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Publication numberUS20100042028 A1
Publication typeApplication
Application numberUS 12/191,719
Publication dateFeb 18, 2010
Filing dateAug 14, 2008
Priority dateAug 14, 2008
Publication number12191719, 191719, US 2010/0042028 A1, US 2010/042028 A1, US 20100042028 A1, US 20100042028A1, US 2010042028 A1, US 2010042028A1, US-A1-20100042028, US-A1-2010042028, US2010/0042028A1, US2010/042028A1, US20100042028 A1, US20100042028A1, US2010042028 A1, US2010042028A1
InventorsMary H. Frank, William M. Davidson, Shane C. Bruce
Original AssigneeAlbahealth, LLC
Export CitationBiBTeX, EndNote, RefMan
External Links: USPTO, USPTO Assignment, Espacenet
Foot wrap with inflatable bladder
US 20100042028 A1
Abstract
A foot wrap (10) is disclosed having a generally non-stretchable, flexible binding (11), a generally stretchable panel (12) coupled to the binding, an expandable, rotatable bladder (14), and a support pad (16) coupled to the binding opposite the bladder (14). The binding has a central portion (19) straddled by a first wing (21), a second wing (22), and an elastic heel band (23). The bladder measures approximately 3 inches by 3 inches and is designed to increase in height approximately 1 to 1 inches with its inflation.
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Claims(12)
1. A foot wrap comprising,
a support pad;
a non-stretchable, flexible binding coupled to said support pad, said non-stretchable, flexible binding having at least a central portion overlaying said support pad;
a stretchable panel overlying said non-stretchable, flexible binding central portion, said stretchable panel and said non-stretchable, flexible binding central portion defining a bladder chamber, and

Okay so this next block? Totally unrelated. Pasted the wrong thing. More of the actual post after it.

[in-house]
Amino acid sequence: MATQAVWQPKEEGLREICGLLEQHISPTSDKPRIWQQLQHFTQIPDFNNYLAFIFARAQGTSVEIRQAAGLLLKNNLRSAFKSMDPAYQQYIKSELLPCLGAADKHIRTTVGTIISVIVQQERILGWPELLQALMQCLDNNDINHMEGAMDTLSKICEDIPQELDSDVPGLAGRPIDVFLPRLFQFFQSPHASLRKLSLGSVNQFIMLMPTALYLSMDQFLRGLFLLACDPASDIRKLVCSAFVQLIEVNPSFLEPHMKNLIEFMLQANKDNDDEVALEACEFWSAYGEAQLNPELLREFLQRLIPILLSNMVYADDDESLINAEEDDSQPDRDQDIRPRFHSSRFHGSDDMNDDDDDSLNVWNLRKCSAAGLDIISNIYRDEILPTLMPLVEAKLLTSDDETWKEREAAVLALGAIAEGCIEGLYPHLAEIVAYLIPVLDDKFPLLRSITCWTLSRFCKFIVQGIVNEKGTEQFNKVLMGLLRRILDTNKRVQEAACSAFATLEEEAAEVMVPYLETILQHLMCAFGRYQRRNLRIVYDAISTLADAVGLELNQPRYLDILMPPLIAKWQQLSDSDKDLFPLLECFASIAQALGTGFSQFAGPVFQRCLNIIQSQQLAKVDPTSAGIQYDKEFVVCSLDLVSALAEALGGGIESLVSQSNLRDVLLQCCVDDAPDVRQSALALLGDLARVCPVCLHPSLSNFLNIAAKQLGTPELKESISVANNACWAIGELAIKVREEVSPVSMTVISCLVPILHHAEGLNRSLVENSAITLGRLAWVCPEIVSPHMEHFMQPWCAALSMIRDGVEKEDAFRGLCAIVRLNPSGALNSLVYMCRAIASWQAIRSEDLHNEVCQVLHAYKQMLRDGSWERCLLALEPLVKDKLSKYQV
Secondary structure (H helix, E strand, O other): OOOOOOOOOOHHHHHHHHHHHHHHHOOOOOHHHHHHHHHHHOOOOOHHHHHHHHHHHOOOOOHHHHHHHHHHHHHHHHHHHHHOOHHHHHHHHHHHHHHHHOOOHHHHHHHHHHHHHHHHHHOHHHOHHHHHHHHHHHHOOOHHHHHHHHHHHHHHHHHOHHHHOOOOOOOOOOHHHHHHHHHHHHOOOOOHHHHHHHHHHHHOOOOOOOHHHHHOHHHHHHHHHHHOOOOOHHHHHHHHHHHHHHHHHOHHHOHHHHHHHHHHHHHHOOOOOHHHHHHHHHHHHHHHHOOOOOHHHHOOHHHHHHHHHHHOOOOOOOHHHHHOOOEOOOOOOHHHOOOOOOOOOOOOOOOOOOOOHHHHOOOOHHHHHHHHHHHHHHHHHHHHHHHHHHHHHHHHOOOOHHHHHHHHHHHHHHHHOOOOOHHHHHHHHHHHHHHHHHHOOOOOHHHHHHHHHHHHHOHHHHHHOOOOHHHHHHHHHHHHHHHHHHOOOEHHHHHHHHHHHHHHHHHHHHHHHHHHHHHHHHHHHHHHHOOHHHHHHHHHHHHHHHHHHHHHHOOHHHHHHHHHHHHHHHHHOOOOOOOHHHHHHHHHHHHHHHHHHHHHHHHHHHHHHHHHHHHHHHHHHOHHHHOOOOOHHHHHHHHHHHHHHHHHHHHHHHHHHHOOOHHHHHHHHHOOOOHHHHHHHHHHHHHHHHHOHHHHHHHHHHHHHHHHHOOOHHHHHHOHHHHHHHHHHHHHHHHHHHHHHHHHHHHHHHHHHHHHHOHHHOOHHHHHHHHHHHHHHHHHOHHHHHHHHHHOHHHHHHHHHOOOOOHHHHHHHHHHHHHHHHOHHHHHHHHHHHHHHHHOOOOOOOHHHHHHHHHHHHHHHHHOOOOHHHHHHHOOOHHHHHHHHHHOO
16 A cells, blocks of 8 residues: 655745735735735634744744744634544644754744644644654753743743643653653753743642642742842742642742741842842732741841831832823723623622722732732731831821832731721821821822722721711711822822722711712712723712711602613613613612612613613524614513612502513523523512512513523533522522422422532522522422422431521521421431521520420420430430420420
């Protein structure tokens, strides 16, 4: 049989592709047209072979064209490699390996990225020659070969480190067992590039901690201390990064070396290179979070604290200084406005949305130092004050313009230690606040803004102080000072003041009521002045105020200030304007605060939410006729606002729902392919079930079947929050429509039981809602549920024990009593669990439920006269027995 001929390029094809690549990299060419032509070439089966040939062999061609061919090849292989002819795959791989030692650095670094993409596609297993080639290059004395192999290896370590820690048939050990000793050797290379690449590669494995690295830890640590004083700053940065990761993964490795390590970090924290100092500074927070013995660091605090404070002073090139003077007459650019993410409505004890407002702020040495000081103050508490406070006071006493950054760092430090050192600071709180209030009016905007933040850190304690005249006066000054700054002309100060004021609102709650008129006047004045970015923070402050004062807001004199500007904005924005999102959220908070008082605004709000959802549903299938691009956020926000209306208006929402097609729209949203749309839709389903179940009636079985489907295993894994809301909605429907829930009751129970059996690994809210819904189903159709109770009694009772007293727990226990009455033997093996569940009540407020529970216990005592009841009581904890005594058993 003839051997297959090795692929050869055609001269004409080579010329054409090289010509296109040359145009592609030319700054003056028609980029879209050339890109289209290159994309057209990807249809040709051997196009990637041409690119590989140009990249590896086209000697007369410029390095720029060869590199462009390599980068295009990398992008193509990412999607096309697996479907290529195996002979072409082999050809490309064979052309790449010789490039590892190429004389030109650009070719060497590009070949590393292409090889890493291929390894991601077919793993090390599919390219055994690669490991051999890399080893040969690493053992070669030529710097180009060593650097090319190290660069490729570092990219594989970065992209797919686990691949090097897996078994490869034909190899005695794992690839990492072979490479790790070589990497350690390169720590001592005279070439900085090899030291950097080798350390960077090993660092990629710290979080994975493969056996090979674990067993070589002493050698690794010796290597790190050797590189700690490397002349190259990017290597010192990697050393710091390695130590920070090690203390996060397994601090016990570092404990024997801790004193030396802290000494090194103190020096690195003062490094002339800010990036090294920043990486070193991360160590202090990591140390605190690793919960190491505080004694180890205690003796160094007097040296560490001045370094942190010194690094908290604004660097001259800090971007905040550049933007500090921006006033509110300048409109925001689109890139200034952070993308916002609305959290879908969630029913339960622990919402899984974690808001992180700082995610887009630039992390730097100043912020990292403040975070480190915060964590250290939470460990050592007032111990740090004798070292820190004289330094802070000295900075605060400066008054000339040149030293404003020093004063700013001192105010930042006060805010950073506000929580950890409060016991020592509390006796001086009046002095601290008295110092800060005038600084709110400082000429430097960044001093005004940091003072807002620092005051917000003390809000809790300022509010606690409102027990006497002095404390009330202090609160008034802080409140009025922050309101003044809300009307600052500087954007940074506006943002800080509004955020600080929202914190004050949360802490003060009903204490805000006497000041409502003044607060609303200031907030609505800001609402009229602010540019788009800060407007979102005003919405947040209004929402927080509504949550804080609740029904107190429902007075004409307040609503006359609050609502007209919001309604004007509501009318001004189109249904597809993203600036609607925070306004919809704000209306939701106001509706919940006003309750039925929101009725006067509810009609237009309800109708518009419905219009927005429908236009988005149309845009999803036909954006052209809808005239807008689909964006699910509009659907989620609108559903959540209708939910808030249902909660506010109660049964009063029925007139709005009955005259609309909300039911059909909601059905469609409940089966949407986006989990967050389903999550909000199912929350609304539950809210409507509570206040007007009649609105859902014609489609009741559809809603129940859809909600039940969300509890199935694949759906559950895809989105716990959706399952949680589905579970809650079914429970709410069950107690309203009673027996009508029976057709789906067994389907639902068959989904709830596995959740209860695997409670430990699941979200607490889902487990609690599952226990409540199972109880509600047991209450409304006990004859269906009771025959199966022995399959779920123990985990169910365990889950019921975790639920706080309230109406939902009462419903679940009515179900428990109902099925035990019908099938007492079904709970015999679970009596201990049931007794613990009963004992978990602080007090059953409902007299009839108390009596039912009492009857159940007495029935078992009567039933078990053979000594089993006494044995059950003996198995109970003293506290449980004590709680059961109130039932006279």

an expandable bladder positioned within said bladder chamber,
whereby the expansion of the bladder is restricted from expanding in one direction by the non-stretchable, flexible binding central portion, but allowed to readily expand in an opposite direction through the stretchable panel.
2. The foot wrap of claim 1 wherein said expandable bladder is configured to be positioned upon the venous plexus vein of a foot to which the foot wrap is mounted.
3. The foot wrap of claim 1 wherein said expandable bladder is rotatable relative to and within said bladder chamber.
4. The foot wrap of claim 1 wherein said binding includes a first wing extending from one side of said central portion and a second wing extending from an opposite side of said central panel, and wherein said binding includes a fastener adapted to releasably couple said first wing and said second wing together.
5. A foot wrap comprising,
a non-stretchable, flexible binding, said non-stretchable, flexible binding having at least a central portion overlaying said support pad;
a stretchable panel overlying said non-stretchable, flexible binding central portion, said stretchable panel and said non-stretchable, flexible binding central portion defining a bladder chamber, and
an expandable bladder positioned within said bladder chamber,
whereby the expansion of the bladder is restricted from expanding in one direction by the non-stretchable, flexible binding central portion, but allowed to readily expand in an opposite direction through the stretchable panel.
6. The foot wrap of claim 5 wherein said expandable bladder is configured to be positioned upon the venous plexus vein of a foot to which the foot wrap is mounted.
7. The foot wrap of claim 5 wherein said expandable bladder is rotatable relative to and within said bladder chamber.
8. The foot wrap of claim 5 wherein said binding includes a first wing extending from one side of said central portion and a second wing extending from an opposite side of said central panel, and wherein said binding includes a fastener adapted to releasably couple said first wing and said second wing together.
9. A foot wrap comprising,
a binding, said binding having at least a central portion overlaying said support pad;
a panel overlying said binding central portion, said panel and said binding central portion defining a bladder chamber, and
an expandable bladder positioned within said bladder chamber, said expandable bladder being configured to be rotatable relative to and within said bladder chamber.